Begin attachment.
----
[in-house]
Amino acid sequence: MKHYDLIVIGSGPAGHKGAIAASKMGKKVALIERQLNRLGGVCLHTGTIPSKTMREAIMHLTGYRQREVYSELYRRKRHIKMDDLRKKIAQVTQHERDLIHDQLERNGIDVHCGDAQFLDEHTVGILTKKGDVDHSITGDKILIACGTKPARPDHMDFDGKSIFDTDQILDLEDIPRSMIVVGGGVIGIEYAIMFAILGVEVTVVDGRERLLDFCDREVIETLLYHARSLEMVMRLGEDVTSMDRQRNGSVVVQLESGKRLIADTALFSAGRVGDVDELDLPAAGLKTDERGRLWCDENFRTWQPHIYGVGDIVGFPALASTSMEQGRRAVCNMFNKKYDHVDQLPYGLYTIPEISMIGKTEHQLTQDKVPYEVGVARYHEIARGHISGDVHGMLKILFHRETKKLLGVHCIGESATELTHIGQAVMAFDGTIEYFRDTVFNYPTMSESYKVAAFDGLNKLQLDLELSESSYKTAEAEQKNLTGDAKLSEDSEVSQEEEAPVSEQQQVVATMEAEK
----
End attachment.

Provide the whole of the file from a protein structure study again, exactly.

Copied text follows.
[in-house]
Amino acid sequence: MKHYDLIVIGSGPAGHKGAIAASKMGKKVALIERQLNRLGGVCLHTGTIPSKTMREAIMHLTGYRQREVYSELYRRKRHIKMDDLRKKIAQVTQHERDLIHDQLERNGIDVHCGDAQFLDEHTVGILTKKGDVDHSITGDKILIACGTKPARPDHMDFDGKSIFDTDQILDLEDIPRSMIVVGGGVIGIEYAIMFAILGVEVTVVDGRERLLDFCDREVIETLLYHARSLEMVMRLGEDVTSMDRQRNGSVVVQLESGKRLIADTALFSAGRVGDVDELDLPAAGLKTDERGRLWCDENFRTWQPHIYGVGDIVGFPALASTSMEQGRRAVCNMFNKKYDHVDQLPYGLYTIPEISMIGKTEHQLTQDKVPYEVGVARYHEIARGHISGDVHGMLKILFHRETKKLLGVHCIGESATELTHIGQAVMAFDGTIEYFRDTVFNYPTMSESYKVAAFDGLNKLQLDLELSESSYKTAEAEQKNLTGDAKLSEDSEVSQEEEAPVSEQQQVVATMEAEK